Monday, January 21, 2013

How to Knit Gloves Part 1





I recently updated my class notes for Gloves 101. I like to update my class notes regularly. I like testing new techniques, so I often come up with new details to add to each class. I taught the class at Vogue Live Chicago this past October and then again here in Toronto in December. It had been a while since I knit a pair of gloves for myself so I wanted to refresh my thought process as well in preparation for the classes.

I've decided to share some of my glove knitting tips with you, along with photos of a pair I completed as I was updating the class handouts.



Gloves are a relatively simple and quick project. A pair of gloves can often be knit faster than a pair of socks. They are extremely portable and easy to try on as the knitting progresses. Gloves offer the potential for all sorts of creative experimentation on a mini canvas.

As with many other skills, what initially seems complex is not in reality difficult. Once the process is broken down into a series of steps, each one progresses logically.



Working in wool initially is recommended. It’s warm to wear and can be blocked to smooth out any uneven stitches. Cottons, linens and rayon’s are all workable once the knitter has built some basic glove skills. These fibres are cooler and less elastic, therefore accurate fit becomes more important. The smaller knitting gauges of fine yarns offer more potential for patterning and often allow for better fit. Take note, sock yarns are commonly referred to as fingering weight indicating their common use in creating gloves. Very chunky yarns become problematic when working fingers as there are so few stitches required for each finger. Gloves can be made in any nearly any yarn thin enough to permit four stitches around the little finger; finer yarns do create a more elegant glove.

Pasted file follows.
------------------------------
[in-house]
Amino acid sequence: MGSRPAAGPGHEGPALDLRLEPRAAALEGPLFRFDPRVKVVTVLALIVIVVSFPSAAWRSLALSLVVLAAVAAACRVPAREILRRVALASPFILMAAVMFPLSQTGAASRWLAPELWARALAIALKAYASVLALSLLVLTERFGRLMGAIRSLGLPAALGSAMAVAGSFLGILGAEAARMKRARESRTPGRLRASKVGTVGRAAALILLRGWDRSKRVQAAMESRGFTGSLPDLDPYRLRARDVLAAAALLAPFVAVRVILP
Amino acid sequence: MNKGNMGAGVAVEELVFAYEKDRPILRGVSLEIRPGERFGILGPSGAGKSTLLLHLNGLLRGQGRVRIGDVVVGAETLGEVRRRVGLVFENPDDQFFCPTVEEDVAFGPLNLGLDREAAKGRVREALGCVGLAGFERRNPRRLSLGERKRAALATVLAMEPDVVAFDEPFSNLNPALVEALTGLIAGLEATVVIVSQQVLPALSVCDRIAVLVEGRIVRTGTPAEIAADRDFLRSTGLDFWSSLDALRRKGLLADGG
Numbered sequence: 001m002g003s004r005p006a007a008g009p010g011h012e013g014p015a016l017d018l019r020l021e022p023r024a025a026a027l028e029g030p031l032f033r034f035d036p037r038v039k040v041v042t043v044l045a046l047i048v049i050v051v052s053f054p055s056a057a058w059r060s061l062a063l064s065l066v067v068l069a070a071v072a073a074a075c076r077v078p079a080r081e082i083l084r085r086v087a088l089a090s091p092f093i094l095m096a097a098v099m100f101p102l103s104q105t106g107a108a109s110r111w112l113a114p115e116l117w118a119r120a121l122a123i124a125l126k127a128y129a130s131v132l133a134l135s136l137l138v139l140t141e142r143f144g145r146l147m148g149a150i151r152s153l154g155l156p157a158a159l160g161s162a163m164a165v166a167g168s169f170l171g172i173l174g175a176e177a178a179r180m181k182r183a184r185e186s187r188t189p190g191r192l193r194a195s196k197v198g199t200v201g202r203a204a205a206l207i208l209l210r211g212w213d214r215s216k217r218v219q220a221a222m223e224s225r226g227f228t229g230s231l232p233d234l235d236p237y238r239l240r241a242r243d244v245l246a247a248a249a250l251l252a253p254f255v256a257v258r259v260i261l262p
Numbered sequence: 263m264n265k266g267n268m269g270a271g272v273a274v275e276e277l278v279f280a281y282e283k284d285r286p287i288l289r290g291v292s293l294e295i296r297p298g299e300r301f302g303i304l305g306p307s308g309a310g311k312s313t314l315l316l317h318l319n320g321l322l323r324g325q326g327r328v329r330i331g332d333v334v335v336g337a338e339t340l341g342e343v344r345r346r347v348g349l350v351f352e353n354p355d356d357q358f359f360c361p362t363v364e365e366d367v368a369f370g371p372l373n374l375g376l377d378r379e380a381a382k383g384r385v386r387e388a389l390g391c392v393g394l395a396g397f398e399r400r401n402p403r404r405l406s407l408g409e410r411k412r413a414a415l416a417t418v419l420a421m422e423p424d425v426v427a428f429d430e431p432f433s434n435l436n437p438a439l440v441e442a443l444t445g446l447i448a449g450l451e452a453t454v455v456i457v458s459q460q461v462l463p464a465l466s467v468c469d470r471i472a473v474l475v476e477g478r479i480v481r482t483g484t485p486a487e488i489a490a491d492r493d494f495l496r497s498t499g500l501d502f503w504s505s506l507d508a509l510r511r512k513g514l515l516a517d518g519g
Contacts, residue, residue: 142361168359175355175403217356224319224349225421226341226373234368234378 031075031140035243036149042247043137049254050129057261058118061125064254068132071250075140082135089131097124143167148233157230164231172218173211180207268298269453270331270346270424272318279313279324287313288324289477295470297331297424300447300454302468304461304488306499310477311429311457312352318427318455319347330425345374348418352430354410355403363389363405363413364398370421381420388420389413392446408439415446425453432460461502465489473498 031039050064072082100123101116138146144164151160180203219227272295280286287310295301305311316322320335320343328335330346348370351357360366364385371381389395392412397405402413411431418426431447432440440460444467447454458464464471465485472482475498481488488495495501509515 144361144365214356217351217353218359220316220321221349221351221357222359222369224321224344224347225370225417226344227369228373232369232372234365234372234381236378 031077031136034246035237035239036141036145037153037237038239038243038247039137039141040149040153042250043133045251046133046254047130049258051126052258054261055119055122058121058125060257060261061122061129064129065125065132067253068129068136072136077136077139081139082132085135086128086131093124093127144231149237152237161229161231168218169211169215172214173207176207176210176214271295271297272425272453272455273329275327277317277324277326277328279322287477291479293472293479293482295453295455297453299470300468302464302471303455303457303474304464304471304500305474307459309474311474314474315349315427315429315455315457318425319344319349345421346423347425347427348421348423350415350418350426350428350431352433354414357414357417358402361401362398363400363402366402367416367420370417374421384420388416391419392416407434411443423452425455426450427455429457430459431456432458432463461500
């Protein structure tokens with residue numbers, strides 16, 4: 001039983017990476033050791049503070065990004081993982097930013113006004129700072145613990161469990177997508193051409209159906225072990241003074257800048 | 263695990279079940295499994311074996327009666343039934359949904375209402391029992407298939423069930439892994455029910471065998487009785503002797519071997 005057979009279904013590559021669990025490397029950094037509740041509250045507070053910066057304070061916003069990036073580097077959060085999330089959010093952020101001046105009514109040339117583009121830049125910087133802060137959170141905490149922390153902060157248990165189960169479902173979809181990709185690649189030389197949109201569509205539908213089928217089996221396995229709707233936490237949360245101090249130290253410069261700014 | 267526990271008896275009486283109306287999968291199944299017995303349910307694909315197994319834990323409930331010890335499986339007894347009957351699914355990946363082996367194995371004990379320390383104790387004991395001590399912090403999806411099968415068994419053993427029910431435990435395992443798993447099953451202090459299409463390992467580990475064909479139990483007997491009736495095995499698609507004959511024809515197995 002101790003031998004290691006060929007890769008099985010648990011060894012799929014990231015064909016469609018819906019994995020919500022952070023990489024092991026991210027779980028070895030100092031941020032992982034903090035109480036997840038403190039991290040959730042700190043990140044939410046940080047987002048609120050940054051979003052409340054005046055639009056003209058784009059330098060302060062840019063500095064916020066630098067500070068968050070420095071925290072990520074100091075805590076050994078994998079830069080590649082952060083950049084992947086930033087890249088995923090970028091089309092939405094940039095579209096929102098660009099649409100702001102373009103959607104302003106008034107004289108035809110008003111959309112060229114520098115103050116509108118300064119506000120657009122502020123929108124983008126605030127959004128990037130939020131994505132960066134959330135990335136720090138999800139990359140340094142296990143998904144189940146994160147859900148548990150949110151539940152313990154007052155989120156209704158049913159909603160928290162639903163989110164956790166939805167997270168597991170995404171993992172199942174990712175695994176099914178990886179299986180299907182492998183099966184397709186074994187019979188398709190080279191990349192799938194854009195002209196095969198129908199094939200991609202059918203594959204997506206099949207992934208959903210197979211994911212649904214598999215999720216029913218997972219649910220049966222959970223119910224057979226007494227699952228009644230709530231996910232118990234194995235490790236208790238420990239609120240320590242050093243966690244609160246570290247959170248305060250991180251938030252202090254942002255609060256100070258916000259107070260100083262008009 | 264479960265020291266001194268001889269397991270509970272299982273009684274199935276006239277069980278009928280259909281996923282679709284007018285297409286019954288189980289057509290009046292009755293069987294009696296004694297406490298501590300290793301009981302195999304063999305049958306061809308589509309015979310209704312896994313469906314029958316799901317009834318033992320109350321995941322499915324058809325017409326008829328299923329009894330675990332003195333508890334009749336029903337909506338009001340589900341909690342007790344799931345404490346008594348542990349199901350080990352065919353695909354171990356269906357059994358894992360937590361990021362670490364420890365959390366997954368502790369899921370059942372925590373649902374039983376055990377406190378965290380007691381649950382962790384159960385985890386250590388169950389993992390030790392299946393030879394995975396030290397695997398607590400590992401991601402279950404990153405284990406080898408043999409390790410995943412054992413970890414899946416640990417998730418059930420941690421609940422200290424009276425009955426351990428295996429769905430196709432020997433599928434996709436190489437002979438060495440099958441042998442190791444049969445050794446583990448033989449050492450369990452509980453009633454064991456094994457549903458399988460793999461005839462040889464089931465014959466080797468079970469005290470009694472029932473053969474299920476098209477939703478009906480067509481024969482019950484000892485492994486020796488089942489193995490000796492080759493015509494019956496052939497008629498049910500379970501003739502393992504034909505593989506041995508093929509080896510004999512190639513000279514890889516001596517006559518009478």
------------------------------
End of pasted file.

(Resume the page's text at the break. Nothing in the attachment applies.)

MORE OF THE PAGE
Needles for gloves should be made out of stickier materials like wood or bamboo. The recommended needles to use for making gloves are the five inch length made by Brittany in birch or Knitter's Pride wooden needles. The latter have the advantage of being produced in different colours, which makes the various sizes less likely to be confused by the knitter. Both types are light weight and short enough not to be cumbersome.

There are many different ways of casting on for gloves. Choose a method that creates a stretchy flexible edge. Long tail cast on works for most knitters. If the cast on is too tight try casting on over a larger size needle and switching back to the project needle on the first row. When experimenting with alternative cast on techniques, remember that with circular knitting it is the opposite side of the work that faces out.

It is also possible to begin the cast on without creating a slip knot by using an e wrap twist a
s the starting stitch. I like to do this as it ensures a very straight edging at the wrist.

There are several ways of joining work in the round. The first is to cast on the required number of stitches, arrange in a circle and keep knitting. Two other methods have the knitter cast on one extra stitch. The next step is to either knit the last and the first stitch together or pass the last stitch over the first to join the round securely. My favourite is to knit two stitches together and pull snugly while making the next stitch.


I'll be posting more tips in the coming weeks. I'll link all the posts together once they are all done.

Part 2 can be found here.
Part 3 can be found here.
Part 4 can be found here. 
Part 5 can be found here
Motif placement information can be found here

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